There is so much to say about The Last Bridge that I'm having a hard time thinking of how to put it in words. I would have finished it in one sitting, except motherhood called me out of my revelry. So, I finished it in 2 sittings. I have read reviews where the reader didn't like the main character, Cat, but I did. She was hugely flawed and yes some of it she could have put a stop to, but she was a product of her environment to a large extent. I am all for adults to quit blaming their parents for what's wrong with them and to take ownership for their lives, but in some circumstances it takes a bit longer. Cat is a drunk. She's a hard living drunk who travels from town to town doing jobs that give her enough cash for a hotel and booze. With one phone call she has to return to the house she left 10 years before without looking back. Her mom killed herself and her dad is in a coma. She comes back to the family farm to be confronted with the events that caused her to leave all those years ago.

There are some twists and turns in the book that I didn't see coming. There was one that I did see coming but I think most readers would as well. I think she alludes to it during most of the book. I had no respect for Cat's mom at all. Cat's sister Wendy hides behind a facade of being happy and her brother Jared is torn with guilt that he can't get over. So essentially they are one messed up family.

The note that is described is essential to the book but not in the way I thought it was be. "He" refers to many different men in Cat's life but for me it didn't stick to one more clearly than the other. What I think might have been more poignant is if the note said, "Cat - You aren't who you think you are." Either way it did lead Cat down the road to self-discovery.

I've never been abused and I can not imagine what it is like to be in a relationship like that. I do know from other reading and studying it in school, that when it's good it's so good and when it's bad, it's terrifying. Cat's dad was definitely a monster and I'm glad he finally got what he deserved. Karma has a way of being very vengeful.

I wouldn't change a thing about this book except the cover. I don't think it does the book justice. I would have liked to have seen a picture of the ravine with the rickety old bridge that is the center to this novel. Or even the tree stump that is also essential to Cat's story.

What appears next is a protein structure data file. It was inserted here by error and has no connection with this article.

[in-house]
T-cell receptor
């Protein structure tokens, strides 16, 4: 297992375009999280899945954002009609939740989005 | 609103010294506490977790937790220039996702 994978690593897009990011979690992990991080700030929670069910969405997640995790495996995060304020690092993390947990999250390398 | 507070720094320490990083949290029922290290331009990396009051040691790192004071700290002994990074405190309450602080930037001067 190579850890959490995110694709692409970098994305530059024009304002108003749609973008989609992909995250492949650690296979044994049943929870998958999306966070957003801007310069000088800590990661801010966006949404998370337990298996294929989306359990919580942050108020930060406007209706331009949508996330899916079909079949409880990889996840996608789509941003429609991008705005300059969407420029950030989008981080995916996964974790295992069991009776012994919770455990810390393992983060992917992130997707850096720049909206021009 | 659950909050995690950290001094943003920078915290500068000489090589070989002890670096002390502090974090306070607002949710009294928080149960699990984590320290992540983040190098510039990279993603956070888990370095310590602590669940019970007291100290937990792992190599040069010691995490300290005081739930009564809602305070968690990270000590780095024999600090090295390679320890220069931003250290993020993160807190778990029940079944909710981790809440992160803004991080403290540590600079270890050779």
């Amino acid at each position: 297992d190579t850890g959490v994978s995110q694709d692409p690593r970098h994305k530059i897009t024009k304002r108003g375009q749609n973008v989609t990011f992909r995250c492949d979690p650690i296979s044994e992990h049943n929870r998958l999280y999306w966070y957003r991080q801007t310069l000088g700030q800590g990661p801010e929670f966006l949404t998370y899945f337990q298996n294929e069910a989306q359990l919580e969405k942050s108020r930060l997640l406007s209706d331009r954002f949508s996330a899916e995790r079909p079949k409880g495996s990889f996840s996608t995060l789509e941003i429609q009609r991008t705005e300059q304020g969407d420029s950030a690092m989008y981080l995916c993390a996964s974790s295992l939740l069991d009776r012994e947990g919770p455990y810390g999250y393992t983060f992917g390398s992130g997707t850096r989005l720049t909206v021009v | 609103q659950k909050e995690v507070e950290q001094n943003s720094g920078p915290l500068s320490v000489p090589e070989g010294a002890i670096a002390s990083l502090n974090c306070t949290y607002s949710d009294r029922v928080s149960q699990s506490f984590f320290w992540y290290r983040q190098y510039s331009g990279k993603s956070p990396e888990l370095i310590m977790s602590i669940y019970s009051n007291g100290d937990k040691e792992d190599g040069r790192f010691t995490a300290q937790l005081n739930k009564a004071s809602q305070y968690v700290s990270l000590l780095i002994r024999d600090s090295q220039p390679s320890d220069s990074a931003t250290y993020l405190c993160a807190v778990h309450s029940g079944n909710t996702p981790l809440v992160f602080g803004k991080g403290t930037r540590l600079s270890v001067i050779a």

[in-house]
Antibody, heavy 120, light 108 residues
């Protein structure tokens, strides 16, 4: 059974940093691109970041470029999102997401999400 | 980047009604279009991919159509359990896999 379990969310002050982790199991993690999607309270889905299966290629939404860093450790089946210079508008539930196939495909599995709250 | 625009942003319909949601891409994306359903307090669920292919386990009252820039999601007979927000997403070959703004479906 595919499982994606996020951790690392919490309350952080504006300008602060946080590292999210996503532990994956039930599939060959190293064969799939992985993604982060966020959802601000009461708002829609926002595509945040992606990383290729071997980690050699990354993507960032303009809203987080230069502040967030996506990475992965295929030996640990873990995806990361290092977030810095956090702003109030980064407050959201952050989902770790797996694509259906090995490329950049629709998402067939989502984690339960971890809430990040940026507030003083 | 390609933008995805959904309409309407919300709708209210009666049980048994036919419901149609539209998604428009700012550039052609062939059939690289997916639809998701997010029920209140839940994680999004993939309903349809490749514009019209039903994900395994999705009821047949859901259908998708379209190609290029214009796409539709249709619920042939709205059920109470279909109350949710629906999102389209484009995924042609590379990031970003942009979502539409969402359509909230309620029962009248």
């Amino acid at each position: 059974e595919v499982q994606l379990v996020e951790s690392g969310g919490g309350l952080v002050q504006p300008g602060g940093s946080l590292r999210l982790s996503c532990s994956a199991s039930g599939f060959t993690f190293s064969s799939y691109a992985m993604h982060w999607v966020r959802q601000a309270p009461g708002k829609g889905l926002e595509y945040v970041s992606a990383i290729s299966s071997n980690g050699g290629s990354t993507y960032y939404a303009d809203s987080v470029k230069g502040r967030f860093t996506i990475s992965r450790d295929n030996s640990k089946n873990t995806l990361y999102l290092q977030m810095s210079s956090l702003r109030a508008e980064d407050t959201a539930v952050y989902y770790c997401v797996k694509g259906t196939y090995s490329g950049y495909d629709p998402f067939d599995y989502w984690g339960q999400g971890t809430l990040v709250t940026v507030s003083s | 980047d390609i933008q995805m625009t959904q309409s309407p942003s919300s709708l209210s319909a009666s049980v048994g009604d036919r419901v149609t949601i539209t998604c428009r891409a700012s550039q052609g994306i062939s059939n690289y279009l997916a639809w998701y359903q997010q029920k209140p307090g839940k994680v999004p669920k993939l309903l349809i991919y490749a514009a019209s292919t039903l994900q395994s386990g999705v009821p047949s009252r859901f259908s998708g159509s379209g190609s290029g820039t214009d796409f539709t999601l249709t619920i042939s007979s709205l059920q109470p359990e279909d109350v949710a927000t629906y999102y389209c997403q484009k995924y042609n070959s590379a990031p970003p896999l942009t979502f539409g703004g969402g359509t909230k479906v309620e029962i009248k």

This novel is dark, daring, brooding, honest and hopeful. During parts of the book I cried and recovered. At the end though I continuously cried. The journey that Ms. Coyne takes us on in this book is one that I will never forget. It will resonate with me for a very long time.

Final Take: 5/5

Tuesday, August 4, 2009

Jenn's Review: The Memory Collector

Summary: Forensic psychiatrist Jo Beckett’s specialty is the psychological autopsy— an investigation into a person’s life to determine whether a death was natural, accidental, suicide, or homicide. She calls herself a deadshrinker instead of a head-shrinker: The silence of her “patients” is a key part of the job’s attraction. When Jo is asked to do a psychological autopsy on a living person—one with a suspect memory who can’t be trusted to participate in his own medical care—she knows all her skills will be put to the test.

Jo is called to the scene of an aircraft inbound from London to help deal with a passenger who is behaving erratically. She figures out that he’s got anterograde amnesia, and can’t form new memories. Jo finds herself racing to save a patient who can walk and talk and yet can’t help Jo figure out just what happened to him. For every cryptic clue he is able to drag up from his memory, Jo has to sift through a dozen nonsensical statements. Suddenly a string of clues arises, something to do with a superdeadly biological agent code-named “Slick,” a missing wife and son, and a secret partnership gone horribly wrong. Jo realizes her patient’s addled mind may hold the key to preventing something terrible from happening in her beloved San Francisco. In order to prevent it, she will have to get deeper into the life of a patient than she ever has before, hoping the truth emerges from the fog of his mind in time to save her city—and herself.